Friday, March 4, 2011

Jacques Tati's Monsieur Hulot

Many of you are probably familiar with Sylvain Chomet's The Illusionist, now known in many homes after Oscar night as "that other film besides Toy Story 3 and How to Train Your Dragon."  The Illusionist was inspired by a script by Jacques Tati, the creator of the iconic comic character, Monsieur Hulot.  You may not be familiar with the controversy that Chomet's film has sparked for some of Tati's descendants, which is covered here in a letter from Tati's grandson to Roger Ebert.  Regardless of your feelings about The Illusionist, both sides of the controversy agree that Tati's original Hulot films are among the greatest film comedies ever made.  If you're not familiar with Tati's work, three of his classics are streaming on Netflix Watch Instantly.

Mr. Hulot's Holiday (Jacques Tati, France, 1953, 87 minutes)
Netflix: Jacques Tati follows his acclaimed directorial debut Jour de FĂȘte with this gentle satire that introduced Tati's alter ego, Monsieur Hulot. When Hulot spends a holiday at a seaside resort, he accidentally wreaks good-natured havoc wherever he goes. Falling all over himself to impress a beautiful girl, Hulot inadvertently crashes a funeral, topples a priceless vase and ignites fireworks with his pipe -- all to hilarious effect. Netflix link.

If you're not familiar at all with the work of Jacques Tati, a good biographical sketch is available at the Senses of Cinema website's Great Directors page.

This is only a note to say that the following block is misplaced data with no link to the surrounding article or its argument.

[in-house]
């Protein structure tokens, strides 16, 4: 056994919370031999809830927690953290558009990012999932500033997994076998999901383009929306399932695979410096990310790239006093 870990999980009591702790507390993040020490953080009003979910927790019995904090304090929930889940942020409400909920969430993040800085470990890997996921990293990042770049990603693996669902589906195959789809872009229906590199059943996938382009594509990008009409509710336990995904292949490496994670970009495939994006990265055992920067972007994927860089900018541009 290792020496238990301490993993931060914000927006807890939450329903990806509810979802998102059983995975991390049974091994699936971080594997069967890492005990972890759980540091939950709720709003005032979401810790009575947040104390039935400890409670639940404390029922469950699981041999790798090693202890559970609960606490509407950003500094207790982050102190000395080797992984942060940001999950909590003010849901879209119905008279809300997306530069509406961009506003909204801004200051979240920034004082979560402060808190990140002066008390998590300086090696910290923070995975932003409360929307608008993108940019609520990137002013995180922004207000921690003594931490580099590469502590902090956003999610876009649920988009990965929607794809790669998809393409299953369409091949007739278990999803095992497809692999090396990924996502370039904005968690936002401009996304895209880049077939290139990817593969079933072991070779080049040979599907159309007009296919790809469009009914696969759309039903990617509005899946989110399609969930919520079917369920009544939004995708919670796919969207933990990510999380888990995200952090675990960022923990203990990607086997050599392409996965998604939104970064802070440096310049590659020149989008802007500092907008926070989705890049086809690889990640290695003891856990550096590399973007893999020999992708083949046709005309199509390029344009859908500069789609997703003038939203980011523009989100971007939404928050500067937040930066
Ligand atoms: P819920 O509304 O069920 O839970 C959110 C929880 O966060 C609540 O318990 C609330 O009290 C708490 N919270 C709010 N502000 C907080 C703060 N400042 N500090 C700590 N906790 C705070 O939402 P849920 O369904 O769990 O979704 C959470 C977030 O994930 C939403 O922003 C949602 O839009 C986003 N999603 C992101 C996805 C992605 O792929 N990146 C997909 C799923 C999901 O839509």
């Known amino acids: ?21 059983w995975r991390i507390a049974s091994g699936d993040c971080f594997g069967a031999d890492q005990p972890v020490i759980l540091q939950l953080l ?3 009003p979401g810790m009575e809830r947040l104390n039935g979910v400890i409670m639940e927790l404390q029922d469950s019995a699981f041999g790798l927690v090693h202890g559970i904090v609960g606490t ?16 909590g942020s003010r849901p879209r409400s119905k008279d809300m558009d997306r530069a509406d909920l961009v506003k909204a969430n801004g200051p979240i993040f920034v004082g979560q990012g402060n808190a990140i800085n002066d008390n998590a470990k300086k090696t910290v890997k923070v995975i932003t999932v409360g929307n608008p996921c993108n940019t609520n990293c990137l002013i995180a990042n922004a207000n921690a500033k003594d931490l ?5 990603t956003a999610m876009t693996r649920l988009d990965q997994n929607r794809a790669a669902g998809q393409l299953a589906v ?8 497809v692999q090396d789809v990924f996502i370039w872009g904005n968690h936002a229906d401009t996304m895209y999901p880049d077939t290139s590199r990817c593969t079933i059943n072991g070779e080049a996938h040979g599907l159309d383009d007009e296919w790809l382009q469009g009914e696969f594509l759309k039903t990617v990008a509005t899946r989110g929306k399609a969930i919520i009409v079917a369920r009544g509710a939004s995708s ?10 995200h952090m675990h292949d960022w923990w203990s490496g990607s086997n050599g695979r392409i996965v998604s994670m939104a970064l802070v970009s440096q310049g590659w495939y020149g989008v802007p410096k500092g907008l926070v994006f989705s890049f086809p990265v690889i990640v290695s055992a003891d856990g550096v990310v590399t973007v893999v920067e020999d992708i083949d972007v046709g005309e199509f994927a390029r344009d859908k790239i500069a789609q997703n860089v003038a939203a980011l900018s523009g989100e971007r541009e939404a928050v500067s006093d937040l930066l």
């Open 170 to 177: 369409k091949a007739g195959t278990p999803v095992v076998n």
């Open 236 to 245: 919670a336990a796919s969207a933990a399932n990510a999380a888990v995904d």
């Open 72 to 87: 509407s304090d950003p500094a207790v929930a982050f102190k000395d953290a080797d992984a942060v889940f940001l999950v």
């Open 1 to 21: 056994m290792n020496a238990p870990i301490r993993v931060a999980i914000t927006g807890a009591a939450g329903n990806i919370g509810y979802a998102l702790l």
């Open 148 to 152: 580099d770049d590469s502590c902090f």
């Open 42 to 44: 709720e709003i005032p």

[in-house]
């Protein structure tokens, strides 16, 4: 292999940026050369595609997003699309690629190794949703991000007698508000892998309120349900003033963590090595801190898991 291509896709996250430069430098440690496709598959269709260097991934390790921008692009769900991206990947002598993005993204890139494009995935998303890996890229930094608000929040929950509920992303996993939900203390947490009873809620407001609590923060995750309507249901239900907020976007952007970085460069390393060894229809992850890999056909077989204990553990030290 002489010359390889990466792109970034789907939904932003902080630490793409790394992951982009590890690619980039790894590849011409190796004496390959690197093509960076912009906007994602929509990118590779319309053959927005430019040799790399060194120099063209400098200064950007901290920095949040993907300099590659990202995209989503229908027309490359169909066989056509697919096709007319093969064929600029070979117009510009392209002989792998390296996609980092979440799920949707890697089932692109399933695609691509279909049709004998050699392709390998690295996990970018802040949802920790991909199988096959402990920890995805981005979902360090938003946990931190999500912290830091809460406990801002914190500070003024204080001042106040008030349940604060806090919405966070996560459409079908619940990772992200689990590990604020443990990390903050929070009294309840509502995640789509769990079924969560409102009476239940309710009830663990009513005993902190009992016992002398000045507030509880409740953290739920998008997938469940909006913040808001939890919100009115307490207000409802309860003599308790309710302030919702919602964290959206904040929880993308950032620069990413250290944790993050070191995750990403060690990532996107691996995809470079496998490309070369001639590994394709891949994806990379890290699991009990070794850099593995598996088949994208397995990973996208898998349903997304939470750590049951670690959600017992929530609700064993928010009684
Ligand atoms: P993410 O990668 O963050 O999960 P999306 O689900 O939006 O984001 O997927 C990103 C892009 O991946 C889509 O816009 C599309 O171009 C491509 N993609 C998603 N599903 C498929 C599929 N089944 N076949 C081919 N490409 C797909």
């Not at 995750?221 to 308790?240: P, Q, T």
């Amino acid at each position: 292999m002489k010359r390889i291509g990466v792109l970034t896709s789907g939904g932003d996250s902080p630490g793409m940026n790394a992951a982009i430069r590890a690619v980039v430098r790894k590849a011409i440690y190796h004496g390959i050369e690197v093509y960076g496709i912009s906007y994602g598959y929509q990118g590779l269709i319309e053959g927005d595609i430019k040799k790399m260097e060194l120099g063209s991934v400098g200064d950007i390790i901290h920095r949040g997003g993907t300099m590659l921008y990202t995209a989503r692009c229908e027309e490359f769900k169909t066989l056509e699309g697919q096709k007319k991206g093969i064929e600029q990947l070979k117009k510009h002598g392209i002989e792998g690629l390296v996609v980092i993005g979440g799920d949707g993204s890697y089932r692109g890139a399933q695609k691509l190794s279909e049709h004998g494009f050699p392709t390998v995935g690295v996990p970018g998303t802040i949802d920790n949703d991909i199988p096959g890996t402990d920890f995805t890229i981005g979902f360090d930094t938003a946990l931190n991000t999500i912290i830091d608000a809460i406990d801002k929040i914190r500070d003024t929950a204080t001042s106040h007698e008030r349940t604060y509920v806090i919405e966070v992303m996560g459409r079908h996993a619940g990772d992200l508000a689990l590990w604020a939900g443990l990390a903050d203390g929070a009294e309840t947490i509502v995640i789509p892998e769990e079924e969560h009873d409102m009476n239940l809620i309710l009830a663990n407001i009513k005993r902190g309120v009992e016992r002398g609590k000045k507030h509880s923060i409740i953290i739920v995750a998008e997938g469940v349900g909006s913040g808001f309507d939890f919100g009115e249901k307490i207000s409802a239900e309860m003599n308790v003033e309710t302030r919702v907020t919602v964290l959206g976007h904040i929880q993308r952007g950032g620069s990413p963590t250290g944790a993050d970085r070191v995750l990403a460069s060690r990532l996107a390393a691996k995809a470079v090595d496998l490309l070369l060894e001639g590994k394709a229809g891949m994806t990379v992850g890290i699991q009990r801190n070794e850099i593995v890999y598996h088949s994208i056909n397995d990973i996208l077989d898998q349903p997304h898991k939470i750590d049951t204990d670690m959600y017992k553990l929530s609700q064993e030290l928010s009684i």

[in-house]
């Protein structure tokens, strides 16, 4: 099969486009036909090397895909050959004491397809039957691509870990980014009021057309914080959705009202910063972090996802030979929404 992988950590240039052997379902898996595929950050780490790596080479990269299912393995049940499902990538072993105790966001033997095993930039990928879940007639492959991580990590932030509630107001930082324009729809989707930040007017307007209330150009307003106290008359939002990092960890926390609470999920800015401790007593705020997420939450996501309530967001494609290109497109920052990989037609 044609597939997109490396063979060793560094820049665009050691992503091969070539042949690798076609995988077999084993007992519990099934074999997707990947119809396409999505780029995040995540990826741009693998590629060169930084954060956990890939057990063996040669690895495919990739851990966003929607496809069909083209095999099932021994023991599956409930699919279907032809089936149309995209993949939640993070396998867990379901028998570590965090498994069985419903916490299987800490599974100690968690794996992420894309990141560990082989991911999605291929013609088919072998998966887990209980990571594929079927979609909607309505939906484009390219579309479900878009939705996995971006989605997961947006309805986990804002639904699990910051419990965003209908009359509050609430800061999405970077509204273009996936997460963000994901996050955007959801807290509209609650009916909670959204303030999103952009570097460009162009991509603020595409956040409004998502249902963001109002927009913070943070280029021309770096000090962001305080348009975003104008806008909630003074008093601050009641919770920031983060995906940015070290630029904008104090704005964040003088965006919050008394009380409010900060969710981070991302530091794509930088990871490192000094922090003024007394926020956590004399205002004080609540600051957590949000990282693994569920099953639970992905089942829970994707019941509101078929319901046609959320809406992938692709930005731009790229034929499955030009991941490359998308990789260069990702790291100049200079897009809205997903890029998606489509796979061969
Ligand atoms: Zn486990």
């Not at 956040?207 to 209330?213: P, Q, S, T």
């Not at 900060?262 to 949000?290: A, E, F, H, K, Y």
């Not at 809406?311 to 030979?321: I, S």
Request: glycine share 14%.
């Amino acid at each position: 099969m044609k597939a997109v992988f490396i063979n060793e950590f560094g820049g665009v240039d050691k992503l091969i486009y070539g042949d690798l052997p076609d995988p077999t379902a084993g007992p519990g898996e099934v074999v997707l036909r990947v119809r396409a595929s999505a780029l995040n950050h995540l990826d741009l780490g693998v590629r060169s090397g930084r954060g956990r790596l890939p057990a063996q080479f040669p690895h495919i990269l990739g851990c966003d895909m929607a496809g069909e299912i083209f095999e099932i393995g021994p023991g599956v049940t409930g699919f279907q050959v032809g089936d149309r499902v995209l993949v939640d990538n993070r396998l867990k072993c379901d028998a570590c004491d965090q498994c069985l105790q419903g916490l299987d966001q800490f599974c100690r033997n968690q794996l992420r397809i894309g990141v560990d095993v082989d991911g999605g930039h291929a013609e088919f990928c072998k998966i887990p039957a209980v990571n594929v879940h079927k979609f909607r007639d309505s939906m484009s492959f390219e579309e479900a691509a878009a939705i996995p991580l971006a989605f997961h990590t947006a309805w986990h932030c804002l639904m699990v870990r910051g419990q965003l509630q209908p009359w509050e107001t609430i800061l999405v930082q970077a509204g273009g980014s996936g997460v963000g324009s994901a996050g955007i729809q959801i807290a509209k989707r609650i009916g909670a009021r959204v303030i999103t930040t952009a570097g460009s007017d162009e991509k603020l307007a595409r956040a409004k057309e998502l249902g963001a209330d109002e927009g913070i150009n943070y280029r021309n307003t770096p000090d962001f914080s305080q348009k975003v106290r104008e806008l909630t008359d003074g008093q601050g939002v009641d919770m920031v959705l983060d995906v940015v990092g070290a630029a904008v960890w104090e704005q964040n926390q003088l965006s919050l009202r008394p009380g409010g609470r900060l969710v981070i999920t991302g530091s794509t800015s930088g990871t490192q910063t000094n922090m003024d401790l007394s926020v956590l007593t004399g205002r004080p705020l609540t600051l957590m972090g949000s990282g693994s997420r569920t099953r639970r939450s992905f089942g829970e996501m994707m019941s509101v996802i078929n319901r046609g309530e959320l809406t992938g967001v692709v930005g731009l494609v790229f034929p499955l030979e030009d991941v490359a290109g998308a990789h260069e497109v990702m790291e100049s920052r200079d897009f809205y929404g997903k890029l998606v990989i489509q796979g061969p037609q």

Mon Uncle (Jacques Tati, France, 1958, 115 minutes)
Netflix: Jacques Tati plays Monsieur Hulot, a self-absorbed chucklehead wrestling with neoteric gadgetry -- and losing -- in this satirical masterpiece that makes sport of mechanization, class distinctions and modernity. While visiting his sister's surreal, ultra-trendy home, Hulot finds himself incessantly at odds with newfangled contraptions that get the better of him. The tongue-in-cheek French comedy garnered a Best Foreign Language Film Oscar. Netflix link.

I was surprised how engaged my then-young nephews were when I had them sit down and watch Mon Oncle with me.  Perhaps they identified with the young boy with a strange, eccentric uncle.  In any case, language was not a barrier as Tati is a master of visual gags and storytelling.  I'd be curious to hear from other folks who have shared these earlier Tati films with younger viewers.

Playtime (Jacques Tati, France, 1967, 124 minutes)
Netflix: The celebrated Jacques Tati directs and stars in this brilliantly eccentric ode to humanity. Tati plays Monsieur Hulot, a Parisian who's befuddled by the changes he witnesses in his beloved city, which has grown increasingly touristy. As Hulot roams the uncomfortably modern Paris with a group of American tourists, his story epitomizes the struggle of modern man to maintain a soul in the face of an impersonal world. Netflix link.

Playtime ranks with the great films of all time, not just the great comedies.  I recommend watching it on a larger screen, because the image is packed with little gags in different parts of the frame, especially when the action moves to the opening night of a modern Parisian restaurant.

I look forward to hearing feedback and responses to these films, especially from first-time viewers.  --JLK

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